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Explaining Canada-U.S. Differences in Annual Hours Worked

Listed author(s):
  • Alberto Isgut
  • Lance Bialas
  • James Milway

Employed Canadians worked an average of 157 hours less per year than employed Americans during 1997-2004. This one month less per year spent on the job is a significant contributor to the difference in GDP per capita between Canada and the United States. This article provides a detailed examination of the factors underlying the Canada-United States gap in annual hours worked. We find that over 40 per cent of the gap can be explained by a higher propensity of Canadians to take full-weeks off, mainly for vacations. Furthermore, over a quarter of the intensity gap is explained by a higher incidence of part-time work in Canada, and much of this reflects the higher proportion of Canada's part-time workers who have difficulties finding full-time work. We find that Canada's higher union coverage rates and labour standards are more important factors to explain the hours gap than differences in marginal tax rates. Canada's less robust economy is also relevant. Finally, we find that highincome Canadians take considerably more weeks of vacation per year than their American counterparts and are less likely to work long work weeks.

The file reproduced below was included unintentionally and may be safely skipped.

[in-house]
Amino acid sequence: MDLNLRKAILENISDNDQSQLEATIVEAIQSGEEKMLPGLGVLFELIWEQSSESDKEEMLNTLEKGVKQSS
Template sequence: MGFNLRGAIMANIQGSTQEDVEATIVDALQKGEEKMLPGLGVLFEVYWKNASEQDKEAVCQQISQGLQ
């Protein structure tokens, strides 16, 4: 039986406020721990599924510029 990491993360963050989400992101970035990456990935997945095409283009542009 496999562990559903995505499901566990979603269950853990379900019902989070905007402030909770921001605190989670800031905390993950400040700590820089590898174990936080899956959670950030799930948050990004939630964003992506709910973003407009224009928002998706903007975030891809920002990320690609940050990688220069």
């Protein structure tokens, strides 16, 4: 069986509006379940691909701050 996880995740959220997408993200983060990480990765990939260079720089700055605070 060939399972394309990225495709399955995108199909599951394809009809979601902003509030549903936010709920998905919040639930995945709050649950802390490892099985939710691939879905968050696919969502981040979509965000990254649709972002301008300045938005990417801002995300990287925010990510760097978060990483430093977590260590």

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Article provided by Centre for the Study of Living Standards in its journal International Productivity Monitor.

Volume (Year): 13 (2006)
Issue (Month): (Fall)
Pages: 27-45

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Handle: RePEc:sls:ipmsls:v:13:y:2006:3
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